Craig Barriale said...

Re: Alicia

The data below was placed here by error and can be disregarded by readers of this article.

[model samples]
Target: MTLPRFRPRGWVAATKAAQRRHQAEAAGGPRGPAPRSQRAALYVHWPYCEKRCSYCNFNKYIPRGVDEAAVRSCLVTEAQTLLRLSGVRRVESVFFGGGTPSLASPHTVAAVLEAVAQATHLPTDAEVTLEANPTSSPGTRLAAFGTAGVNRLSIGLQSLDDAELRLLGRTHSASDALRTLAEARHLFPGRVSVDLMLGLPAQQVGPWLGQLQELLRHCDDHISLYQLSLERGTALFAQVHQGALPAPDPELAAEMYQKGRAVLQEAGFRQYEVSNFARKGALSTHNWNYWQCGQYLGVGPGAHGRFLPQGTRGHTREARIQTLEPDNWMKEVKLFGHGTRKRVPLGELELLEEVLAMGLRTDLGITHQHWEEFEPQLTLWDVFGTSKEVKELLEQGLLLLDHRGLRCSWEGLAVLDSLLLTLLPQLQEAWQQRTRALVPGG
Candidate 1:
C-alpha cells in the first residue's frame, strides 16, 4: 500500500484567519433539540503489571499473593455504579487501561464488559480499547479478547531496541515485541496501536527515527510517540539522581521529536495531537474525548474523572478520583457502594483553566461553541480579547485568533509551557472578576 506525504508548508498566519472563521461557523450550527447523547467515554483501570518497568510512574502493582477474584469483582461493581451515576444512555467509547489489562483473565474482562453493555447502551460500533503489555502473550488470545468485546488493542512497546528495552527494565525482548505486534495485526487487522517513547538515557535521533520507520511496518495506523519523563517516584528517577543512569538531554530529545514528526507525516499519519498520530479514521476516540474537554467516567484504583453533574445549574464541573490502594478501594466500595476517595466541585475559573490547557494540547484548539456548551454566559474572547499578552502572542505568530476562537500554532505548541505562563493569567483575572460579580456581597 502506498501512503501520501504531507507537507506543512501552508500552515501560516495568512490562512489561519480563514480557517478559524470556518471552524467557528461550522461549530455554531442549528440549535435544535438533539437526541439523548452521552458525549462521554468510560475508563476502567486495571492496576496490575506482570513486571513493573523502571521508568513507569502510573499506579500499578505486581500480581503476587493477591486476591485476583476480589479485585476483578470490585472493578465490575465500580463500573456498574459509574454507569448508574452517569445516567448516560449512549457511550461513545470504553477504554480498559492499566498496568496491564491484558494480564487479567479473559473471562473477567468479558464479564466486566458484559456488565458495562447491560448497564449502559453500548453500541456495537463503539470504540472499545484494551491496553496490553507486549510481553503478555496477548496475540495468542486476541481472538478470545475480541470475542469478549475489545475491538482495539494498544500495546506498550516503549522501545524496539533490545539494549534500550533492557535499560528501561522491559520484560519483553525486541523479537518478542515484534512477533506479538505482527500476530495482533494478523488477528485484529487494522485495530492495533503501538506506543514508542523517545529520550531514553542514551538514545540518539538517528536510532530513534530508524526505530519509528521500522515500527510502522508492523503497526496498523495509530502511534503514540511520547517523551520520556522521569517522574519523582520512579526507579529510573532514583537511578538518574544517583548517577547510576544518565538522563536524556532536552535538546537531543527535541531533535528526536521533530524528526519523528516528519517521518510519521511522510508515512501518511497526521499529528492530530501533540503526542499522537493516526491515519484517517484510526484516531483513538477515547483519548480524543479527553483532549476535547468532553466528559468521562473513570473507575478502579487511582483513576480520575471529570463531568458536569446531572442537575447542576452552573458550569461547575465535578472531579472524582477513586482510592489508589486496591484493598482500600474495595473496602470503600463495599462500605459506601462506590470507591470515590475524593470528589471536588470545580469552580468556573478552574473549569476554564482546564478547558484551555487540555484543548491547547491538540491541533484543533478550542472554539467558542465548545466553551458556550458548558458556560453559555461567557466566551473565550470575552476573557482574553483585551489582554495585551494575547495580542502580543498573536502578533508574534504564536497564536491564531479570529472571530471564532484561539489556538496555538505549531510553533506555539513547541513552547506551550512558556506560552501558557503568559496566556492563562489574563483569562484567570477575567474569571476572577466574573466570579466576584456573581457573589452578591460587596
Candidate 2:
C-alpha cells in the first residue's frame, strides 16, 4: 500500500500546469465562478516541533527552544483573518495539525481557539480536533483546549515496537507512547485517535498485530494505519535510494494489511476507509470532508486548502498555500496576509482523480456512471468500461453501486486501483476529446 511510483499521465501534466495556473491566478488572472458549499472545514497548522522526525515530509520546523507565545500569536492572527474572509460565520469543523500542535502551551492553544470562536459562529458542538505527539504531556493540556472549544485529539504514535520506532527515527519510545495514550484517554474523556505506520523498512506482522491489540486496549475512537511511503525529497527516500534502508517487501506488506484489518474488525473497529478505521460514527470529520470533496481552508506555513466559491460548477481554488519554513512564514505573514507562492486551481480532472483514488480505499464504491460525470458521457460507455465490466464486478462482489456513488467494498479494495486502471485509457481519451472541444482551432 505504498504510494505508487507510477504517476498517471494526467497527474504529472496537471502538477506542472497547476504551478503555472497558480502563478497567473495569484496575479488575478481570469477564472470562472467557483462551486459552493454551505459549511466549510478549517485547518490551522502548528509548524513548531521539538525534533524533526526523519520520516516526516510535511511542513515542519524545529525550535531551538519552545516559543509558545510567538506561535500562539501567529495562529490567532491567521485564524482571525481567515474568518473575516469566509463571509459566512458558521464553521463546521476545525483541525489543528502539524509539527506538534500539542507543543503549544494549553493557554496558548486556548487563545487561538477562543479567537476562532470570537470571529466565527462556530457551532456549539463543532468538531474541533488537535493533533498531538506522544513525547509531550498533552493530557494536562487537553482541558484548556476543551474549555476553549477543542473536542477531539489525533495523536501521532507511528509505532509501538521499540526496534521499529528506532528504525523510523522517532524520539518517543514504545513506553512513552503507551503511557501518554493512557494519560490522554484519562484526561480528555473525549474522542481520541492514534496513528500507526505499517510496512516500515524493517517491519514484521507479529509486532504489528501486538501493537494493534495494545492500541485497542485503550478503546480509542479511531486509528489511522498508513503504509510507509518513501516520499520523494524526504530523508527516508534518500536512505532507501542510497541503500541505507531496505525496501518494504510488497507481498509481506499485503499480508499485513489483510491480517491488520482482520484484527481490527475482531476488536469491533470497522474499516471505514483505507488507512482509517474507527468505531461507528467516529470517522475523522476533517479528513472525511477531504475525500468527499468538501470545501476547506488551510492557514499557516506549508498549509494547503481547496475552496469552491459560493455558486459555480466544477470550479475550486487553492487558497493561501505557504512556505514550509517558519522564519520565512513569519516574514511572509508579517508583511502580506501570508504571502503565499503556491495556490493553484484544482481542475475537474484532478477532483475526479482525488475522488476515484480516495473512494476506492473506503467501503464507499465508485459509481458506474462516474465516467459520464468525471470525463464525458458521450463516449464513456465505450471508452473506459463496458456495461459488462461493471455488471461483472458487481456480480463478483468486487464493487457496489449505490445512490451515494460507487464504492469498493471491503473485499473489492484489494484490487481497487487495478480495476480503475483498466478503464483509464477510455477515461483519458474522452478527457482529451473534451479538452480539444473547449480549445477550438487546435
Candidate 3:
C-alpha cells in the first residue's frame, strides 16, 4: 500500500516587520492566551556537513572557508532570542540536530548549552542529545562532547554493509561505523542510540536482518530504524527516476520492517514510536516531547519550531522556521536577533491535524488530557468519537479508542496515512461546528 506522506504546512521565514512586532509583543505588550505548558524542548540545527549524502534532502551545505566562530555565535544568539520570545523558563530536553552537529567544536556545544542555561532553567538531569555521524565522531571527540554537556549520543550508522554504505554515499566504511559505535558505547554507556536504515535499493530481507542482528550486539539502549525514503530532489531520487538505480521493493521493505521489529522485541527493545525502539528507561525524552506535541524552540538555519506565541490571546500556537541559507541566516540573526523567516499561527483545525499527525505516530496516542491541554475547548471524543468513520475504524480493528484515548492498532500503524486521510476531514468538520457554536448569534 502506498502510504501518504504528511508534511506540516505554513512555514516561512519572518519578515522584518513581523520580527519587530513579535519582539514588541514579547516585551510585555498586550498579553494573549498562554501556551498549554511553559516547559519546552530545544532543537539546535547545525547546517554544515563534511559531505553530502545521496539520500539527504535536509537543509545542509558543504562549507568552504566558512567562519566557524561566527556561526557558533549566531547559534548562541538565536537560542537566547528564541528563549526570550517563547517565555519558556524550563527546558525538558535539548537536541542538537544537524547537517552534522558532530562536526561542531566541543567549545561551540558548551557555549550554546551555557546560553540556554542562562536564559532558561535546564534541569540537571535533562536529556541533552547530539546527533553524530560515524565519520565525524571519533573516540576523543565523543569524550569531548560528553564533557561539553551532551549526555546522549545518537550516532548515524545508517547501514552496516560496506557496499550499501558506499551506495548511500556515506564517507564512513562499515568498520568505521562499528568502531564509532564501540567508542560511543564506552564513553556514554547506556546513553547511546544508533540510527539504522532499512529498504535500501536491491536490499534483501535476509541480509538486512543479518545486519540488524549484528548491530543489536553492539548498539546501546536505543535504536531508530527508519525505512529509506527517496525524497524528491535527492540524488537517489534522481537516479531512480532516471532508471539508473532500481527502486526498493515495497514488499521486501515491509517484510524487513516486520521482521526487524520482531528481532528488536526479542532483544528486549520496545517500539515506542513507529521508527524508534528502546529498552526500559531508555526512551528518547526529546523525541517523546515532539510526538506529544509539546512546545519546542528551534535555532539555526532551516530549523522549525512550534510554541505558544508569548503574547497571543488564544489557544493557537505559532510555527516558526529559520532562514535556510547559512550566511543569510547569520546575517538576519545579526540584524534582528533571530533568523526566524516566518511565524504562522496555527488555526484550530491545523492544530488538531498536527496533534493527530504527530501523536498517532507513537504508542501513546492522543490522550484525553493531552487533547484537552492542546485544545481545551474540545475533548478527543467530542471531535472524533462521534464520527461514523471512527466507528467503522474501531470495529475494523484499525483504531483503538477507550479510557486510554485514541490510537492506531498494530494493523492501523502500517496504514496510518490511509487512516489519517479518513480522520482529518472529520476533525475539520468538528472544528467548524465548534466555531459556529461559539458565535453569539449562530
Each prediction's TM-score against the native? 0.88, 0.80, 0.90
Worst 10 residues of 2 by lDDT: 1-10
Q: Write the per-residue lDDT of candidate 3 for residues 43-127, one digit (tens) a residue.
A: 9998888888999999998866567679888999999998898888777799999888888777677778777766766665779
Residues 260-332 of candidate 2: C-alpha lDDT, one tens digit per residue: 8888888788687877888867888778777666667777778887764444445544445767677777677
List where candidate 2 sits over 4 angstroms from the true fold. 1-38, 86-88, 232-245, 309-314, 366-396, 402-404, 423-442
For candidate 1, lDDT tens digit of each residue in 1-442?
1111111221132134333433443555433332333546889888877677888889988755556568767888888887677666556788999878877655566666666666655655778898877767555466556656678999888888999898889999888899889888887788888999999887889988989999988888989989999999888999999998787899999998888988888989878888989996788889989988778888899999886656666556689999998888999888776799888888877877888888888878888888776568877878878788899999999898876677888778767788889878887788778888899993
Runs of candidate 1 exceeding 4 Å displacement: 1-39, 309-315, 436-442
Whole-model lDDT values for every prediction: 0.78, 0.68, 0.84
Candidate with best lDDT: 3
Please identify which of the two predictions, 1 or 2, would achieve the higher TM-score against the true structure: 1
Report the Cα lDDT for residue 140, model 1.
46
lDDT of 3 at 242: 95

I agree with Alicia and the view of IDEA that state and local educational agency personnel shall be prohibited to require a child to obtain a prescription for a substance covered by the Controlled Substances Act as a condition of attending school or receiving an evaluation. Conversations pertaining to medicating students have come up during my shadowing experience. Like Alicia mentioned, the school psychologist could refer a parent to a neurologist, psychiatrist, or other medical doctors, but the school psychologist is not well-versed or qualified enough to firmly recommend or not recommend a certain drug. Even though we will research intervention methods that may include the pharmacological route it is still not responsible for us to recommend a medication we are not qualified to recommend. That being said, the school psychologist I am shadowing has described situations when students have greatly benefitted from the use of medication. She explained that even though she cannot require a child to obtain a prescription she can still talk to the parents about the options and possible outcomes of medicating the child. Moreover, she explained that it is important as a school psychologist to keep up with the medications that the students are on. This is important because if you are going to begin speaking with parents about medication then you need to know the latest research pertaining to the medication being considered. Additionally, I have a very good friend that is a pediatric psychologist and occasionally deals with school psychologists. I asked for his view on the matter and he explained that he finds it helpful when the school psychologists that he deals with have some sort of understanding of the medication he is prescribing to the children.